Then Russia invaded Ukraine, causing both sides to further expand their maneuvers in the area.


“The tensions in the Black Sea were obviously amplified after the war,” said Arda Mevlutoglu, an independent Turkish defense analyst.


The war complicated maritime trade for Black Sea nations, and Russia initially blocked the export of grain from Ukraine, one of the world’s top producers, raising fears of an exacerbated hunger crisis in poor nations.


But Turkey helped broker an agreement overseen by the United Nations that has facilitated the export of more than 22 million metric tons of that grain through Turkey’s territorial waters.


Turkey’s closure of the straits to most military traffic, which was meant to prevent Russia from bolstering its naval force against Ukraine with ships from elsewhere, also kept ships from the United States and other NATO nations from entering the Black Sea.


At present, only countries with Black Sea coastlines have vessels in the water, said Yoruk Isik, a nonresident scholar at the Middle East Institute who closely monitors marine traffic through Turkey’s straits.


Of those, only Russia and Turkey have powerful navies, Isik said. Romania and Bulgaria have smaller forces, Georgia has only a coast guard, and the movements of Ukrainian vessels are complicated by the war.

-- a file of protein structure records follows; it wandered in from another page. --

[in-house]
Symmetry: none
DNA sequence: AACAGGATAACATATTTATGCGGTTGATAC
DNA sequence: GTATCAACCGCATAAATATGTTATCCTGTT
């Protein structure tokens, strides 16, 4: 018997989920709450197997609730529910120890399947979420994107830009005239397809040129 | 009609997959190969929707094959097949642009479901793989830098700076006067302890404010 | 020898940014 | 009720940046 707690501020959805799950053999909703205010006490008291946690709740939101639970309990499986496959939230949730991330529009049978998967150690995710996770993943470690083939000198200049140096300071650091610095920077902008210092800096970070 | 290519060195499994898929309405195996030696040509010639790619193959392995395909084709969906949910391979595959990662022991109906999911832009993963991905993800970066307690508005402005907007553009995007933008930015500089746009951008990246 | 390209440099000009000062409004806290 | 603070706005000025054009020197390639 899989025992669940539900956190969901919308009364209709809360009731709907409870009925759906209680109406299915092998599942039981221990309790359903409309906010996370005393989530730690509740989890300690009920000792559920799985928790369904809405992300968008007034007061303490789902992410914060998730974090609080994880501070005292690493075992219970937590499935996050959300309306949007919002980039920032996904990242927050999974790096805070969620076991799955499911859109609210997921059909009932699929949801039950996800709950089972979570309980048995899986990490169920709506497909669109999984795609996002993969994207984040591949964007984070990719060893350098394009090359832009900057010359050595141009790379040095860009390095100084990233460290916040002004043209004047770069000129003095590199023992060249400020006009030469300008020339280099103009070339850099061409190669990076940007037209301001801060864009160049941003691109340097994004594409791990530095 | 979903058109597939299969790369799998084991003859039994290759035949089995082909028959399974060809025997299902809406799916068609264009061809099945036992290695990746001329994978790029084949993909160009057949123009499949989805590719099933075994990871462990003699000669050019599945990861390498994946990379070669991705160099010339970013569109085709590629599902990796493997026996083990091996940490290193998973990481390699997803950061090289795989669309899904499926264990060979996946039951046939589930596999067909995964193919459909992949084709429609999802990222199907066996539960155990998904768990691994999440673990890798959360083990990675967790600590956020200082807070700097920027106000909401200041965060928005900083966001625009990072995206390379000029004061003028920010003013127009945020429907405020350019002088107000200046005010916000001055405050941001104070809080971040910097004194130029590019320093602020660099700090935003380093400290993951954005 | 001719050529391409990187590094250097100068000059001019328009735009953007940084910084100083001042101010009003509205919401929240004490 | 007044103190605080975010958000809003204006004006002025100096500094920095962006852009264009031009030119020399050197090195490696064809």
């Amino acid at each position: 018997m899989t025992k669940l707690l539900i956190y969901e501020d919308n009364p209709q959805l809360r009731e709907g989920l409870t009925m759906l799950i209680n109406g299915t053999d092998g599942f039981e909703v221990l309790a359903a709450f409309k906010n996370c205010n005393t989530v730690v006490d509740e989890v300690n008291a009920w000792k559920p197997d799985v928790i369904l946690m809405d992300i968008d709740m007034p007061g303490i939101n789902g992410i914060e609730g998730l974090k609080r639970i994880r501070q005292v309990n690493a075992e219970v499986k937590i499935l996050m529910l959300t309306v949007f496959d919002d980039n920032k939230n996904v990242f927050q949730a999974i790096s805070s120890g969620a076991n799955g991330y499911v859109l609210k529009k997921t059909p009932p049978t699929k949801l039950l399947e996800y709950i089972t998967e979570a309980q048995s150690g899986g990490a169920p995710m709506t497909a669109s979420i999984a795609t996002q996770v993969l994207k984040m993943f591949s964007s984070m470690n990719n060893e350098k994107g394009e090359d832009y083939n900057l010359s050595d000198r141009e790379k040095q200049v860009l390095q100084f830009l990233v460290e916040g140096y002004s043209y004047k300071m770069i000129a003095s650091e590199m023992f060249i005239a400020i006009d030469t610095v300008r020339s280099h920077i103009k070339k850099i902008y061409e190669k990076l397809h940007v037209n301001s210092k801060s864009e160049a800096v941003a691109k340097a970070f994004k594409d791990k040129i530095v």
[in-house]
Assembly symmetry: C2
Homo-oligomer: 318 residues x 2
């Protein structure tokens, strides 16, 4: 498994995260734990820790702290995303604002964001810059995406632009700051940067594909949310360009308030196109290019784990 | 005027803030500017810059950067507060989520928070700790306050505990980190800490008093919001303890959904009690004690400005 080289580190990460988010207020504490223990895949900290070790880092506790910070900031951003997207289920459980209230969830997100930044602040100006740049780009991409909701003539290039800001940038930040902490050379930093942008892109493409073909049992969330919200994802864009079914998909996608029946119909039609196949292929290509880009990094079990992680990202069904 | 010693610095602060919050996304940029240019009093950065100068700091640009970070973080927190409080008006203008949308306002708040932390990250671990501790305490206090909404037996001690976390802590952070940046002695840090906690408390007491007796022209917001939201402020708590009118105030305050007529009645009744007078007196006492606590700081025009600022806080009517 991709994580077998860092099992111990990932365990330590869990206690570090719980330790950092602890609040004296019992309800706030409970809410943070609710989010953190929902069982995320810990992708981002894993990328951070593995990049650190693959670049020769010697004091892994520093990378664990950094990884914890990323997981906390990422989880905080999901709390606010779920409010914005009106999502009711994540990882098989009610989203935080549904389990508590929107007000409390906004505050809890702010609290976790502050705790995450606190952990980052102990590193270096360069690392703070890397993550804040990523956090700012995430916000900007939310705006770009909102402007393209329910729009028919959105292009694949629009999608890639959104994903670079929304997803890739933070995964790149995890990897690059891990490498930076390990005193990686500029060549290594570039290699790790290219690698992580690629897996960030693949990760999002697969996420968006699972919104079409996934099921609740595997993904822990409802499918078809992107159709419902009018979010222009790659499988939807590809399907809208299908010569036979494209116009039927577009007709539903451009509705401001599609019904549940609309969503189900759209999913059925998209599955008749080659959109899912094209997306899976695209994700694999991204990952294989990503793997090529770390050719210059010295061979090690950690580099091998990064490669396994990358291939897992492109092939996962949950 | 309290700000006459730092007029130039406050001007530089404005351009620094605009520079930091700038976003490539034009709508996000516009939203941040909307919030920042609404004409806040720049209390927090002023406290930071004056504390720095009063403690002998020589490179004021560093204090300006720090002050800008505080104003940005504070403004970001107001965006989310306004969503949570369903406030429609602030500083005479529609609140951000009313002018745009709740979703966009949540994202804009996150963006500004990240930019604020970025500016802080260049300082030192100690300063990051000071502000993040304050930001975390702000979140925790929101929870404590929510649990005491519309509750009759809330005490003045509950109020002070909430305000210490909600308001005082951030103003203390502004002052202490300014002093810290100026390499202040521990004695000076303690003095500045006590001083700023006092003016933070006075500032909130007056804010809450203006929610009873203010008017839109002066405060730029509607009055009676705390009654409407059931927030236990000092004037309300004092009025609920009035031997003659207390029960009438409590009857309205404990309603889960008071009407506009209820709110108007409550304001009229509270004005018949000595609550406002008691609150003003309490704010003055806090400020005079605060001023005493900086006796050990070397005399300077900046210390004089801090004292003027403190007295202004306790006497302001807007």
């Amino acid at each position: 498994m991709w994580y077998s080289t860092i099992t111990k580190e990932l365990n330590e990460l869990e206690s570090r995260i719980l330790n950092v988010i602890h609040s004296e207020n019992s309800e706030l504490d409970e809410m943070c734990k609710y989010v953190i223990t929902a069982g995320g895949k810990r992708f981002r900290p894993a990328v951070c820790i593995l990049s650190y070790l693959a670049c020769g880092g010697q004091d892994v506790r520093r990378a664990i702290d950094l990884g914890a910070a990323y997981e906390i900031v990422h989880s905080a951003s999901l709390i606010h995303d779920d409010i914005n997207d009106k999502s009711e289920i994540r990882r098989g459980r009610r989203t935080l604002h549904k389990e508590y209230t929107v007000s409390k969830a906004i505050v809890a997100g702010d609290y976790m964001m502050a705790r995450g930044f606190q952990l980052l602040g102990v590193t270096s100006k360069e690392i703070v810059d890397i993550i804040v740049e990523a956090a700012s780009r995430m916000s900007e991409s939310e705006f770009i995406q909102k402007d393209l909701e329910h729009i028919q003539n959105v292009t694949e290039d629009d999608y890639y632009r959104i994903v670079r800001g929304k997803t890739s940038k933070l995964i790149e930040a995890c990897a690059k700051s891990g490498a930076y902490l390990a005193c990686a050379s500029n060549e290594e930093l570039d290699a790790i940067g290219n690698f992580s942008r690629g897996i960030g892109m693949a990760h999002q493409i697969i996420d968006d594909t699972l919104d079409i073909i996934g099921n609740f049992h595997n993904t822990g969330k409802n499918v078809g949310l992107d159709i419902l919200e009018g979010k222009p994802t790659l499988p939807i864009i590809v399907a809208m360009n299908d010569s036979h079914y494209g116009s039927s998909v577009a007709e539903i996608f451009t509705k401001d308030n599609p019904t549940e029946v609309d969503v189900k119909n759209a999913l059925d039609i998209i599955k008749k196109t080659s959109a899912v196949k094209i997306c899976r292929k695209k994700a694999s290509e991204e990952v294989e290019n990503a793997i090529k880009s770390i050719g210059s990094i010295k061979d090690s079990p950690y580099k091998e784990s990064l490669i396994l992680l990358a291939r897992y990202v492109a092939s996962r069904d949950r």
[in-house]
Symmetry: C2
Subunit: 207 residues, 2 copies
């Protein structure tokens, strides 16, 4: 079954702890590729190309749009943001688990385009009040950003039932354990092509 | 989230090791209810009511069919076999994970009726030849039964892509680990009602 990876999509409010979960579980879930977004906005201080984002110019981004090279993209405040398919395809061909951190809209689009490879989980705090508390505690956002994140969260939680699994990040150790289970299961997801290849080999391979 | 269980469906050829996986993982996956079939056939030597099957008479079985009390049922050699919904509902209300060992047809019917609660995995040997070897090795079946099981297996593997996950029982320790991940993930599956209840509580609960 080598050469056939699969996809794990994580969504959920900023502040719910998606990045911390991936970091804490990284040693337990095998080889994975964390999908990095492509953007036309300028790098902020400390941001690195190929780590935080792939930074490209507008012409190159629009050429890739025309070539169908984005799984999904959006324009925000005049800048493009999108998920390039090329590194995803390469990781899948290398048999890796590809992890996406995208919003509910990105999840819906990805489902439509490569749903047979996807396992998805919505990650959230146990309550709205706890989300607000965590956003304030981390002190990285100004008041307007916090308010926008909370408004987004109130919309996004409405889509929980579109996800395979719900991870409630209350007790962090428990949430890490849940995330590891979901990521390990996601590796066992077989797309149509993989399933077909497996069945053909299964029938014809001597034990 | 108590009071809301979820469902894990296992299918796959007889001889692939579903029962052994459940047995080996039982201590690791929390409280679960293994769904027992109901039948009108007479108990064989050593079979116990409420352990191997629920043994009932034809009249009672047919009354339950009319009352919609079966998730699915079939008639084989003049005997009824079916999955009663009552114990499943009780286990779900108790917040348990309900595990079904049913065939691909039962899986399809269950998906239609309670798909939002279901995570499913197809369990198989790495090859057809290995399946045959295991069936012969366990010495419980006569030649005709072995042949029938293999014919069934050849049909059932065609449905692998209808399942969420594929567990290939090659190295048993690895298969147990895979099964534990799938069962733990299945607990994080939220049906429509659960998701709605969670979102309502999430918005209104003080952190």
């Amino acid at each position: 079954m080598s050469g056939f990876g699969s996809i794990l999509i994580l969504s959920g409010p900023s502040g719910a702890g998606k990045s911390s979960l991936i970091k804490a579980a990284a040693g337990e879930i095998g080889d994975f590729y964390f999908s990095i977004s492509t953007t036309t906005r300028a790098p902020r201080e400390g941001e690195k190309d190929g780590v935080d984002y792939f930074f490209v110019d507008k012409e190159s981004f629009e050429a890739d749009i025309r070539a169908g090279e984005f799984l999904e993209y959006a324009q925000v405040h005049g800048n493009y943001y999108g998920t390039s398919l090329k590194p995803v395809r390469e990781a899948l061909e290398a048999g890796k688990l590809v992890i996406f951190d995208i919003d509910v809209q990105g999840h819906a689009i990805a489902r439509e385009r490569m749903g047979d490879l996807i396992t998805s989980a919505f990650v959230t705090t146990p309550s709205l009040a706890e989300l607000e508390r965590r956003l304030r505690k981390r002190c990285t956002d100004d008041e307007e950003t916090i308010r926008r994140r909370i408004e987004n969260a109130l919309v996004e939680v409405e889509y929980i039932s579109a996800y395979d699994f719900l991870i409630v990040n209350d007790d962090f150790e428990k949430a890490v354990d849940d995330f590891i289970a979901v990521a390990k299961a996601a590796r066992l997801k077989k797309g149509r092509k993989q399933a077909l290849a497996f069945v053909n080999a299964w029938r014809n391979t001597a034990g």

But the skies remain open, so NATO members have increased surveillance flights over and around the sea, and Russia has responded with fighter jets as a show of force.


The Pentagon said the drone that came down Tuesday was unarmed and had taken off from Romania for a routine surveillance flight. About 75 miles south of Crimea, two Russian fighter jets intercepted it, dumping fuel on it, presumably to blur its camera. The jets also flew close to the drone in a way that U.S. officials described as dangerous.


One of the jets clipped the drone’s propeller, causing its U.S. operators to bring it down, the Pentagon said.


The Russian Defense Ministry told a different story, saying in a statement that the Russian air force had scrambled fighter jets to identify the drone, which then maneuvered sharply, lost altitude and hit the water.


U.S. officials had worried in recent months that some sort of incident over the Black Sea, even an accidental collision or miscommunication, could spiral out of control.


The downing of the drone has heightened tensions between the United States and Russia, although neither side has shown any inclination to allow the situation to escalate.


But analysts said that the war in Ukraine had led to so much more military activity in and around the Black Sea and elsewhere that the longer it lasts, the greater the chances that such incidents will occur.


“It simply points out that the potential geography of confrontation and escalation is much broader than what one may assume by reading the daily news,” said Lesser.